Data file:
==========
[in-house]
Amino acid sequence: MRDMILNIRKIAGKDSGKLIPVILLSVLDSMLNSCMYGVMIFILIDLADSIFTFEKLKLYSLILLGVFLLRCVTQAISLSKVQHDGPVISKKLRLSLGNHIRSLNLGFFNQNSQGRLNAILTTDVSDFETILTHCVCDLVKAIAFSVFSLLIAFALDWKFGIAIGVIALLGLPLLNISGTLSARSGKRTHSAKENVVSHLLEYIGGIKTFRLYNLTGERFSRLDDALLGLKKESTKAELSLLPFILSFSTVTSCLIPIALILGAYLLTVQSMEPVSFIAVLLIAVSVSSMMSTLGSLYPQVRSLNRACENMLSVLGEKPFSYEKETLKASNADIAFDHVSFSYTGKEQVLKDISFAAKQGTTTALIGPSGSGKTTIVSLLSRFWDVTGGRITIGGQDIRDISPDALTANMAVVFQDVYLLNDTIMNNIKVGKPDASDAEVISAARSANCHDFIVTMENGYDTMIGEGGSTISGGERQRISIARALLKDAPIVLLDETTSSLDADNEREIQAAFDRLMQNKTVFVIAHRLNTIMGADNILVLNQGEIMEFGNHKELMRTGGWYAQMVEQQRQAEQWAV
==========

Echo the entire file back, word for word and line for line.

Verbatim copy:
[in-house]
Amino acid sequence: MRDMILNIRKIAGKDSGKLIPVILLSVLDSMLNSCMYGVMIFILIDLADSIFTFEKLKLYSLILLGVFLLRCVTQAISLSKVQHDGPVISKKLRLSLGNHIRSLNLGFFNQNSQGRLNAILTTDVSDFETILTHCVCDLVKAIAFSVFSLLIAFALDWKFGIAIGVIALLGLPLLNISGTLSARSGKRTHSAKENVVSHLLEYIGGIKTFRLYNLTGERFSRLDDALLGLKKESTKAELSLLPFILSFSTVTSCLIPIALILGAYLLTVQSMEPVSFIAVLLIAVSVSSMMSTLGSLYPQVRSLNRACENMLSVLGEKPFSYEKETLKASNADIAFDHVSFSYTGKEQVLKDISFAAKQGTTTALIGPSGSGKTTIVSLLSRFWDVTGGRITIGGQDIRDISPDALTANMAVVFQDVYLLNDTIMNNIKVGKPDASDAEVISAARSANCHDFIVTMENGYDTMIGEGGSTISGGERQRISIARALLKDAPIVLLDETTSSLDADNEREIQAAFDRLMQNKTVFVIAHRLNTIMGADNILVLNQGEIMEFGNHKELMRTGGWYAQMVEQQRQAEQWAV